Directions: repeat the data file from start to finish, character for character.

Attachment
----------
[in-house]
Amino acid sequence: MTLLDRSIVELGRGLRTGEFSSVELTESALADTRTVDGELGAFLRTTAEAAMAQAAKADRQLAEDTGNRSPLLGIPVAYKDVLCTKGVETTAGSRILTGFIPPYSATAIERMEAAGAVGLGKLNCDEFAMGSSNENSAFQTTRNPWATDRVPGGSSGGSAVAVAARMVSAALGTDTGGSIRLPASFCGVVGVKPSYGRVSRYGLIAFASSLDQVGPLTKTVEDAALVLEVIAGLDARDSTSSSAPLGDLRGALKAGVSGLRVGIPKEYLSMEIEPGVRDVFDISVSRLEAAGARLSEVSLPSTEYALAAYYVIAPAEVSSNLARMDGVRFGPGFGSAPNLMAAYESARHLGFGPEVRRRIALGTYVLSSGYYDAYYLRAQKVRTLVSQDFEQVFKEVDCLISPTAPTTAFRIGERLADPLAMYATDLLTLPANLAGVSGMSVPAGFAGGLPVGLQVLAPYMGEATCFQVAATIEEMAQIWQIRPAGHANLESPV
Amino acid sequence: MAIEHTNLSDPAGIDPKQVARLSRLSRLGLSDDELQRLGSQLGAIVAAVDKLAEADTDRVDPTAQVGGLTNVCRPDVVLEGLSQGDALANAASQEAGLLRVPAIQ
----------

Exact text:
[in-house]
Amino acid sequence: MTLLDRSIVELGRGLRTGEFSSVELTESALADTRTVDGELGAFLRTTAEAAMAQAAKADRQLAEDTGNRSPLLGIPVAYKDVLCTKGVETTAGSRILTGFIPPYSATAIERMEAAGAVGLGKLNCDEFAMGSSNENSAFQTTRNPWATDRVPGGSSGGSAVAVAARMVSAALGTDTGGSIRLPASFCGVVGVKPSYGRVSRYGLIAFASSLDQVGPLTKTVEDAALVLEVIAGLDARDSTSSSAPLGDLRGALKAGVSGLRVGIPKEYLSMEIEPGVRDVFDISVSRLEAAGARLSEVSLPSTEYALAAYYVIAPAEVSSNLARMDGVRFGPGFGSAPNLMAAYESARHLGFGPEVRRRIALGTYVLSSGYYDAYYLRAQKVRTLVSQDFEQVFKEVDCLISPTAPTTAFRIGERLADPLAMYATDLLTLPANLAGVSGMSVPAGFAGGLPVGLQVLAPYMGEATCFQVAATIEEMAQIWQIRPAGHANLESPV
Amino acid sequence: MAIEHTNLSDPAGIDPKQVARLSRLSRLGLSDDELQRLGSQLGAIVAAVDKLAEADTDRVDPTAQVGGLTNVCRPDVVLEGLSQGDALANAASQEAGLLRVPAIQ